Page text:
A “bundle” deal is always an attractive offer. In TV, radio, and print advertisements all over the country, big insurance companies will tell you to combine your home and auto insurance for more savings. And if you talk to an agent, they might even suggest adding a third item to the package: life insurance.
While there are certainly deals to be had in terms of packaging home and auto insurance, it’s usually best to keep life insurance separate. Here’s a guide to help you understand, compare, and evaluate insurance bundles involving life insurance.
Why Insurance Companies Offer Bundles
For insurance companies, customer retention is crucial. Sure, they’re always seeking to acquire new customers. But retaining current customers for longer periods of time is a much less consuming initiative that yields the overarching end goal: revenue. By bundling different products, they’re able to bring prices down while still keeping revenues up over the long term.
Think of it this way: would you rather someone give you $50 once, or $20 three times? The same principle applies to your bundled insurance premium. Your insurance company would rather keep you for a longer period of time (if not your entire life) at a lower price than lose your business after a year or two. There’s also an element of commitment at play: leaving your insurance company is a bigger decision when you have all of your insurance coverage through them.
Lastly, it costs the insurance company less to assess a customer who has already been underwritten for another policy, thus increasing their profit margins.
Is an insurance bundle a scam? Not at all—you’re still getting a guaranteed product at a guaranteed rate. Is it part of a marketing strategy that benefits the insurance company? Absolutely.
Benefits of Bundling
Bundling your insurance certainly offers its fair share of benefits, such as:
- Keeping everything under one roof.
- Dealing with one designated local agent.
- Not having to keep track of multiple bills.
- Not having to shop around.
Drawbacks of Bundling
Of course, bundling also has its drawbacks. Consider the following:
- You’re working with a captive agent, meaning they can only shop offers from their company.
- If you’re not in great health, you might not qualify for the best life insurance rates, even in a bundle.
- Your agent might know a little about a lot, without any true expertise.
- You’ll probably have to make a long-term commitment.
Why Life Insurance Doesn’t Quite Fit the Bill
So, why isn’t life insurance a bundle bargain? For one, it’s generally more complex than home, auto, or even health insurance. It takes a true life insurance agent to navigate the industry nuances and find the best deals, and few captive agents have that capability.
Second, there’s no such thing as “discounted” life insurance. The government regulates life insurance so that rates are always based on age, health, and lifestyle.
Lastly, and most importantly, bundling life insurance simply doesn’t always equate to savings. Even when you might think you’re saving, there’s a good chance you could get better coverage at a better price by keeping life insurance out of your bundle.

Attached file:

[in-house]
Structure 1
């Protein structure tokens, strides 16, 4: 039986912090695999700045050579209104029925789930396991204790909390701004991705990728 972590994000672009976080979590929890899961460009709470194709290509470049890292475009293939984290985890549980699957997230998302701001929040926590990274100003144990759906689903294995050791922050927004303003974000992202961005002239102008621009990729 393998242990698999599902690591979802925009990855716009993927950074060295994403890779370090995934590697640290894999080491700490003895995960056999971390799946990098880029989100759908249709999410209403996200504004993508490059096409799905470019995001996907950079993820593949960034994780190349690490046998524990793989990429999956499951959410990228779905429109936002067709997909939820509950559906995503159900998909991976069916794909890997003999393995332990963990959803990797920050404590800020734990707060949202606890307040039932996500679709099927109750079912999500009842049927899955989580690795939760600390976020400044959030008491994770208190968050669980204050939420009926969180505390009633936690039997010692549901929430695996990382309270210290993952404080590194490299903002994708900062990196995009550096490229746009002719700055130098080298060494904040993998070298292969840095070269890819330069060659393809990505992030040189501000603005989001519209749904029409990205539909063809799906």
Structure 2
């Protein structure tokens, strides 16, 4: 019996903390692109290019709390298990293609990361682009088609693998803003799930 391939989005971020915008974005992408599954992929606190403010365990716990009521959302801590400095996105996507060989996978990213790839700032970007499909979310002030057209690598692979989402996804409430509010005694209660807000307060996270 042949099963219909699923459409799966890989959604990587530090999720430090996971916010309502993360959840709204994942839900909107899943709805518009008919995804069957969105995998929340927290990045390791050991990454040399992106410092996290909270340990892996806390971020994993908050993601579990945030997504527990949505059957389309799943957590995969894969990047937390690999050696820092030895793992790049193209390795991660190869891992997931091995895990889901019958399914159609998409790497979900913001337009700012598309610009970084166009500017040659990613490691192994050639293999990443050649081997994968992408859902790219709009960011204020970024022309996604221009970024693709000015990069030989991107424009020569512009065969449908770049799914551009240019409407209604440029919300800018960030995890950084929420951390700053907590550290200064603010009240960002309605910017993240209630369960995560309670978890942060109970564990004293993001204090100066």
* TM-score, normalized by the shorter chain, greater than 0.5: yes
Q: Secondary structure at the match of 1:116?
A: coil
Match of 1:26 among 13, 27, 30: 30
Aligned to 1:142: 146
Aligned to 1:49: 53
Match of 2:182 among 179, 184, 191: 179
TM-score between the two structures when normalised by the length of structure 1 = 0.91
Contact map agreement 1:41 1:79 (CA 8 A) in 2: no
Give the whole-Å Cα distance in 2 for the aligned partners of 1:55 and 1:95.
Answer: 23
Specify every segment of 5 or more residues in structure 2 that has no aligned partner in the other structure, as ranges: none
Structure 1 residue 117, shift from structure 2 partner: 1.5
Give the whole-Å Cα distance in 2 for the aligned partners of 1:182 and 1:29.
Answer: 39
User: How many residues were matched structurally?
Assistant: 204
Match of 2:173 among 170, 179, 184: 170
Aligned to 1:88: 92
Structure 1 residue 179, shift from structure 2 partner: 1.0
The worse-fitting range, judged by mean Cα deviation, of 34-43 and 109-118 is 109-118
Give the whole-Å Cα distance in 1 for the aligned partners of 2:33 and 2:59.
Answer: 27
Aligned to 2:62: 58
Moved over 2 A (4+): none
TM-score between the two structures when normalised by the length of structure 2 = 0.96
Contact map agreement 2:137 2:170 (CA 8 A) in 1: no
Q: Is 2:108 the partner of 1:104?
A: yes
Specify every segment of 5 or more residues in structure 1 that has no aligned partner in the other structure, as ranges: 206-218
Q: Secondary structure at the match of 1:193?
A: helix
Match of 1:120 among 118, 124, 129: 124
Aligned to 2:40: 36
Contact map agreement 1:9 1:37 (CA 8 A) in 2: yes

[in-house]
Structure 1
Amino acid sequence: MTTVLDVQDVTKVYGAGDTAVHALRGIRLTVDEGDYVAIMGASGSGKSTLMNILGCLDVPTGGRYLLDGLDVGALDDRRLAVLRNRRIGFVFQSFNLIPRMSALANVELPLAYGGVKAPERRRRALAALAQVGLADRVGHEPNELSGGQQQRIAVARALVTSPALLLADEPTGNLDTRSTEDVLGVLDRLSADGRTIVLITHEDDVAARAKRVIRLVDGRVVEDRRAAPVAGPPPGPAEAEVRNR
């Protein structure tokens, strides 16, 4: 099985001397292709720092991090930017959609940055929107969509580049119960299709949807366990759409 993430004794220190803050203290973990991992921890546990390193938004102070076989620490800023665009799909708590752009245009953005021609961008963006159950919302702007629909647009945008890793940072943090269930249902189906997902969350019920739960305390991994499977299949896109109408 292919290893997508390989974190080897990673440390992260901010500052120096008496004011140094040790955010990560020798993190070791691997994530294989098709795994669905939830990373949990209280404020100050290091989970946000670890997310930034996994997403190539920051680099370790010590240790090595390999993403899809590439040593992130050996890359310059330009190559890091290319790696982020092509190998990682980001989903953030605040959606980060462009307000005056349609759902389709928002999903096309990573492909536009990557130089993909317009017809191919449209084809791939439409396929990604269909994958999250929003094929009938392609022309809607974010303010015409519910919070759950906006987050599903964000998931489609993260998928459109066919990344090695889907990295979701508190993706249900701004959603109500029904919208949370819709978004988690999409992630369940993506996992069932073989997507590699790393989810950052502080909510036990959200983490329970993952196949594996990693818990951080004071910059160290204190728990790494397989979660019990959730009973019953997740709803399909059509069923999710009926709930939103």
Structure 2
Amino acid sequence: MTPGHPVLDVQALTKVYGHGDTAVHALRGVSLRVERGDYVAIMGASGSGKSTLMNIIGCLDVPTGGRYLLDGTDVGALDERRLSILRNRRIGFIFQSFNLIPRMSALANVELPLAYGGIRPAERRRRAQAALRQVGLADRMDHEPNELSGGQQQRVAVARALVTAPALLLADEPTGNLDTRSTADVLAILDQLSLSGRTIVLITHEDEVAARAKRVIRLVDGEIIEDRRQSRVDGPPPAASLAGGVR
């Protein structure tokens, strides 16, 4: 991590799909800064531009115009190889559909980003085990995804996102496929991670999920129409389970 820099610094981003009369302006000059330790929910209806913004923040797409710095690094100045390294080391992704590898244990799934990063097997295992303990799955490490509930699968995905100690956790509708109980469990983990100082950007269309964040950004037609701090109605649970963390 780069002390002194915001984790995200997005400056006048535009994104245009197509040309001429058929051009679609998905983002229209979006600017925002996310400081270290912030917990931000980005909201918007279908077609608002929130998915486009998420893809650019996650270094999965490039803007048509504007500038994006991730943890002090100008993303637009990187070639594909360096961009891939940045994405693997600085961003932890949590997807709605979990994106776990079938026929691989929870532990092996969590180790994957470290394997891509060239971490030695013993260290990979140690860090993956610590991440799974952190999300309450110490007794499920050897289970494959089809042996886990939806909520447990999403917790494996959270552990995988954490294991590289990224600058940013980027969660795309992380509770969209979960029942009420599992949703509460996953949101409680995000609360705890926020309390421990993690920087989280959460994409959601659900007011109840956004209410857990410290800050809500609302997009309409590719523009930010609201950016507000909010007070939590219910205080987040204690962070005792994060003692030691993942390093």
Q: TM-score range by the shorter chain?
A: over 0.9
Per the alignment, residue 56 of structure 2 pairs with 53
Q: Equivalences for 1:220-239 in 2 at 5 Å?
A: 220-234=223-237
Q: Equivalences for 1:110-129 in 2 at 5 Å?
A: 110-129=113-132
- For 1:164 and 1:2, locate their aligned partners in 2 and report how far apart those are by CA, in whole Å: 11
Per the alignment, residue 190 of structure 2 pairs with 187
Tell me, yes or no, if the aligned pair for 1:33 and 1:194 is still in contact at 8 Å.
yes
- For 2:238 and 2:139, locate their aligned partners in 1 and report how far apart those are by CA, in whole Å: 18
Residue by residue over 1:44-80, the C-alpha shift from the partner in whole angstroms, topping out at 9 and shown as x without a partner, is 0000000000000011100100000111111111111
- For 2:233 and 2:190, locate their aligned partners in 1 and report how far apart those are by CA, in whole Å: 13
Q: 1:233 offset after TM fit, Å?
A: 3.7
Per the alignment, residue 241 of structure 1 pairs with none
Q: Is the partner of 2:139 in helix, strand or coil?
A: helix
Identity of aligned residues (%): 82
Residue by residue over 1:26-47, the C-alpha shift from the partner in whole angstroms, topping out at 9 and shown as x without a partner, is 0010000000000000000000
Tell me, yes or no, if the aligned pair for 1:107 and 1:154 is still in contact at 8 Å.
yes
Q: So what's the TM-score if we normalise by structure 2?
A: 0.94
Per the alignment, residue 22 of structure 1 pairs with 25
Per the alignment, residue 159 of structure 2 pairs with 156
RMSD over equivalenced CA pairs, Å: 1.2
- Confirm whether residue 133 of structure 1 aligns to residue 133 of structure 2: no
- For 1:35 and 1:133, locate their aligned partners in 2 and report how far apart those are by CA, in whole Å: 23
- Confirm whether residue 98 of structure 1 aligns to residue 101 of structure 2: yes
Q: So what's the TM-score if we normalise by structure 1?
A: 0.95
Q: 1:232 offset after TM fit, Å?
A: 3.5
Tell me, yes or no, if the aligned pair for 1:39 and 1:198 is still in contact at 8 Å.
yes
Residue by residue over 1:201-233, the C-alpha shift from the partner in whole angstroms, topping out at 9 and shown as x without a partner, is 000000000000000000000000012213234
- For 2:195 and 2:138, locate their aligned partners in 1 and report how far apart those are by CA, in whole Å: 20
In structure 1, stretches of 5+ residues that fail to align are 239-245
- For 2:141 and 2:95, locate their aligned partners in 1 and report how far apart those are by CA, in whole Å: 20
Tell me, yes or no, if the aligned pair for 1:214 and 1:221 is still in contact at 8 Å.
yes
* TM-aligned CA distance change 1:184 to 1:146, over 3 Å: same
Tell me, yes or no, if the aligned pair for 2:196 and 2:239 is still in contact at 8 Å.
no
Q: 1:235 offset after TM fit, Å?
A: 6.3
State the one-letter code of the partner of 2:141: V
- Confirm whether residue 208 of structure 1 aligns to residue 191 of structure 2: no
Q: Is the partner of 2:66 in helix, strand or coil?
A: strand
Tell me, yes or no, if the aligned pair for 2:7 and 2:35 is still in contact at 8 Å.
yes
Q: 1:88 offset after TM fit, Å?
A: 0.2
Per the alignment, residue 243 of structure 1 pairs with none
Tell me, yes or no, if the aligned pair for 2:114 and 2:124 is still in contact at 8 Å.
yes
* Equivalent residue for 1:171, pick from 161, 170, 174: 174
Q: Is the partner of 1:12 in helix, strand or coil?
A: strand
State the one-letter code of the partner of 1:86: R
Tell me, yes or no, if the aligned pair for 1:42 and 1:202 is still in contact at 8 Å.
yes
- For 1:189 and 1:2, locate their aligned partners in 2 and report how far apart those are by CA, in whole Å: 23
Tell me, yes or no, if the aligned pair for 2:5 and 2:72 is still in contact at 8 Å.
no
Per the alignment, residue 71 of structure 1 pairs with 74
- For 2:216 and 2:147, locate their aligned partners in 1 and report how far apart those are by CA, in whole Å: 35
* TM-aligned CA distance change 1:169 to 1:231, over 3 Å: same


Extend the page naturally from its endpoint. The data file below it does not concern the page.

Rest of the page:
Steve is a 63-year-old entrepreneur who took out a loan to get his business off the ground. He is required by the U.S. Small Business Administration to carry a $250,000 life insurance policy over the next 10 years (the life of the loan).
Steve has his personal home and auto insurance with the same company, and figures he might as well add life insurance to the bundle. He has seen the commercials, and bundling seems easier than shopping around.
So he calls his agent, who says she can add life insurance for $98 per month based on Steve’s age and health standing. She says she was able to save him $25 per month on his auto policy—a notable $300 per year.
Once approved for the policy, Steve’s rate nearly doubles due to his sleep apnea. Despite explaining that he has had the issue for a number of years and it is under control with a CPAP machine, Steve is not able to make any adjustments to his policy and is now stuck with $190 per month life insurance premium.
Had Steve called an independent life insurance agent, they would have assessed his health and lifestyle, and then recommended providers that were lenient on controlled sleep apnea. He could have gotten perhaps a $94 per month policy, along with better coverage.
In the end, bundling was only saving Steve $300 per year, and his annual life insurance coverage ended up costing $2,200 per year, resulting in net savings of $1,900 per year. The policy his life insurance agent found would have cost Steve $1,128 per year—$772 less than the bundle.
The example above illustrates just how intricate life insurance can be. You would be doing yourself a disservice to pick the first option that your captive agent presents. An independent life insurance agent like JRC can help you to find the best coverage at the best rates. So before you bite on that bundle offer, click here to get a free quote in less than a minute!
Latest posts by Cliff Pendell (see all)
- Banner’s 40 Year Term Life Insurance Policy – Is It Worth the Cost? - March 16, 2019
- 8 Life Insurance Riders Worth Considering - March 15, 2019
- Motorists Insurance Group Review – Rates & Approval Process - March 14, 2019